- Stopping survivors of abuse from receiving medical attention.
- Preventing household members from going outdoors.
COVID-19 has brought to light the need for more resources and greater vigilance when it comes to addressing domestic violence.
How to Start Divorce Proceedings During COVID-19
Although it may be possible to start divorce proceedings during COVID-19, court dates may be affected by closings. However, court systems are trying to do what they can to resolve matters via telephone and video hearings.
Speaking confidentially with a lawyer may also be a challenge during the COVID-19 lockdown. If the weather allows and you have enough space, you may be able to take a walk or step outside to speak with your lawyer. Many discussions and inquires are also being handled via email in light of this issue.
Continue following orders set federally and by your state, work with your spouse to put the needs of your children first and try to be mindful of what does and doesn’t constitute a real problem.
Things to Consider When Divorcing During COVID-19
Are you thinking about divorcing during COVID-19? If so, you may want to consider the following:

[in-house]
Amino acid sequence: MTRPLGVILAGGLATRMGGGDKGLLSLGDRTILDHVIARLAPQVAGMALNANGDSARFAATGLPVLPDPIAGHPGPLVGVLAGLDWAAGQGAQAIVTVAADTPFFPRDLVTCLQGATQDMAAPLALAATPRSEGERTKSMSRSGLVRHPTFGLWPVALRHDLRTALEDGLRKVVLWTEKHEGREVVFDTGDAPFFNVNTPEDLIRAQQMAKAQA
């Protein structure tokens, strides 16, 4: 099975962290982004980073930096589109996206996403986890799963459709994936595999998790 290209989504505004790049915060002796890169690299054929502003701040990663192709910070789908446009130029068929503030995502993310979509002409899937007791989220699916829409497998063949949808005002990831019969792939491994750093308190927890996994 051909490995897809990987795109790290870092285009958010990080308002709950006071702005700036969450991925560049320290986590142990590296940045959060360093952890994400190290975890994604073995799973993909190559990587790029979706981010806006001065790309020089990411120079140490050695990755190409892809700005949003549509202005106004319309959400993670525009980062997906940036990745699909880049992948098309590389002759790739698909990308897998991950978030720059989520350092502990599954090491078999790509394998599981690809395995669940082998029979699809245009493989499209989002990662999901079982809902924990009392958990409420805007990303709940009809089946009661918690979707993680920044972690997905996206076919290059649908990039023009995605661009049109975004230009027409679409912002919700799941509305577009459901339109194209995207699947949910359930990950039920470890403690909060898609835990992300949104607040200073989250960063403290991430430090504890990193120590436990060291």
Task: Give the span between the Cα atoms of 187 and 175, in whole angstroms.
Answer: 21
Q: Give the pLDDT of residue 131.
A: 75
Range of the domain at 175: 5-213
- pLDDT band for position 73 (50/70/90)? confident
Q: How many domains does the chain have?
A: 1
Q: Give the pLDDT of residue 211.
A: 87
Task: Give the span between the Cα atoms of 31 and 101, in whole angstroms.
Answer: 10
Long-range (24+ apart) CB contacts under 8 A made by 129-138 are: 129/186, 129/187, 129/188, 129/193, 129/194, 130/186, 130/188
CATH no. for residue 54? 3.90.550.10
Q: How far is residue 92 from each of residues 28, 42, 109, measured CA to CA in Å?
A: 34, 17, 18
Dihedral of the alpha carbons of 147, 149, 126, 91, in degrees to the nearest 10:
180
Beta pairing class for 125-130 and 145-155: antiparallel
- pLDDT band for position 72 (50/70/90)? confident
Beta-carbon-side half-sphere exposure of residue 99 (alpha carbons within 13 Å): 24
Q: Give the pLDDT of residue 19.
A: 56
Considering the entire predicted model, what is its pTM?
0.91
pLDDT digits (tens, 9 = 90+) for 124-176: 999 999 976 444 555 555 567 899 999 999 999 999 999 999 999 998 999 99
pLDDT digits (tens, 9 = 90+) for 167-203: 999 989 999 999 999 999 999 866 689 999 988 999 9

- What the physical, financial and emotional practicalities may be if you separate now.
- Whether you and your spouse should explore couples counseling or therapy before deciding to divorce.
- Whether you can divide up your space, so each of you can have some alone time.
- Whether you have given yourself enough time to think through your decision, so you won’t be rushing into a situation you may regret when the pandemic ends.
Contact Lauren Taylor Law for Legal Assistance
At Lauren Taylor Law, we provide legal advice for families during COVID-19. Our clients have gained freedom from divorce. We are family law and divorce experts serving Charleston SC, and Greenville SC. and we can help you with your divorce during COVID-19. For more information about how to proceed with a divorce or other Family Law matter during the COVID-19 outbreak, please contact Lauren Taylor Law for a free initial consultation.
South Carolina divorce attorney Lauren Taylor is an authority on family law in Charleston and Greenville. She graduated from the Charlotte School of Law, and has been practicing for more than ten years.
Since the firm’s inception in 2012, Mrs. Taylor has helped hundreds of people navigate the uncertainties surrounding the family and criminal court process.
She has cultivated a team that ensures each case has a strategy crafted specifically to the clients needs and desires.
Her commitment to top notch service has led her to open two additional offices in the low country where she now resides with her husband Michael and her golden retriever, Buster.